COVID-19 Update: University Campus Cleaning Protocols and Nursing Home Fines
Get ready to disinfect classrooms after each session
Universities Weighing Cleaning Protocols Amid Reopening Options
Campus housekeeping workers, like university students and staff, are awaiting instructions on how their days will look next fall. Like all higher learning entities, Harvard University, in Cambridge, Massachusetts, is still weighing its options and will hold off on a decision to resume on-campus instruction as long as possible, Bloomberg reports.
One thing is for sure—if students return to campus this fall housekeeping staff will have their hands full with disinfecting. University officials are considering reducing the number of students in each lecture hall and classroom, as well as disinfecting them after each session.
School officials are working out details that would allow students to enter and exit classrooms in small groups rather than all at once. And they are determining where to isolate any students who may come down with COVID-19 and how to clean these areas.
Other plans include canceling some fall sports, which may mean less cleaning done in athletic facilities so housekeeping staff can focus on classroom facilities. Some departments may allow students to attend part-time to cut down on full classrooms.
Keeping classrooms clean and disinfected is always important, even in times when there is no pandemic. Learn five lessons in cleaning schools.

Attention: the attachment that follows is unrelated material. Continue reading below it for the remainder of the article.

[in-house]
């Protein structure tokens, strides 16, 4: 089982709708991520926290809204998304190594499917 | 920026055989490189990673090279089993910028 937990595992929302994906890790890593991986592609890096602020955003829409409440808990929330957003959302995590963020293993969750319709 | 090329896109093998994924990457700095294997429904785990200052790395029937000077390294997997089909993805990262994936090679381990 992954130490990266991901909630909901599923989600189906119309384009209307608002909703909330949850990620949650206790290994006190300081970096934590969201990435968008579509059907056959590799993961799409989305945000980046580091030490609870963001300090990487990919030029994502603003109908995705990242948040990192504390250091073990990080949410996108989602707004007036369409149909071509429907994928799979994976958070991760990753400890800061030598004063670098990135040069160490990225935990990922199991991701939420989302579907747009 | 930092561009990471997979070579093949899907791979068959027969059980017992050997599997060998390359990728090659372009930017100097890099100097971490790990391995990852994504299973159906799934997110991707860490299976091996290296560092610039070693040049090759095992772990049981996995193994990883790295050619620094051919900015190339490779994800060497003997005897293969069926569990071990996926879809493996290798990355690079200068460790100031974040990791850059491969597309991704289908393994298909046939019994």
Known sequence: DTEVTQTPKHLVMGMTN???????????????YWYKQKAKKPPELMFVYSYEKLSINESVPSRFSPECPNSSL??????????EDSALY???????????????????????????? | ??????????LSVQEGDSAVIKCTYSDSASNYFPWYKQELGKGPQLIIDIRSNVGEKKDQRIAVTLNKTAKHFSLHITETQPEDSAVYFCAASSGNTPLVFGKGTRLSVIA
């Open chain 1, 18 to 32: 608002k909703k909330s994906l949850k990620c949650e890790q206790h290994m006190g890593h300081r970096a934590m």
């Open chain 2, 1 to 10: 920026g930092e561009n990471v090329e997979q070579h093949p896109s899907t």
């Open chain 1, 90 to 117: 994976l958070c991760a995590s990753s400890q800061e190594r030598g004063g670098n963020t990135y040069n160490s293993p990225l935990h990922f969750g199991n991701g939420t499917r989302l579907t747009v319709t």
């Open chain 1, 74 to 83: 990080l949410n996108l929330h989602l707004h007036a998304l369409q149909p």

CMS Announces Increased Fines for Lack of Nursing Home Infection Control
In light of evidence that improper infection control measures have been a contributing factor to an outbreak of COVID-19 in many U.S. nursing homes, the U.S. Centers for Medicare & Medicaid Services (CMS) has announced enhanced enforcement for facilities with violations of infection control practices.
CMS will be increasing fines for facilities with persistent infection control violations and imposing enforcement actions on lower level infection control deficiencies.
States that have not completed focused infection control surveys of their nursing homes by July 31, 2020 will be required to submit a corrective action plan to their CMS location outlining the strategy for completion of these surveys within 30 days, or risk losing federal funding.
As of May 24, 2020, about 12,500 nursing homes—approximately 80 percent of the 15,400 Medicare and Medicaid nursing homes—have reported over 60,000 confirmed COVID-19 cases and almost 26,000 deaths. Those figures show that approximately one in four facilities had at least one COVID-19 case, and approximately one in five facilities had at least one COVID-19 related death.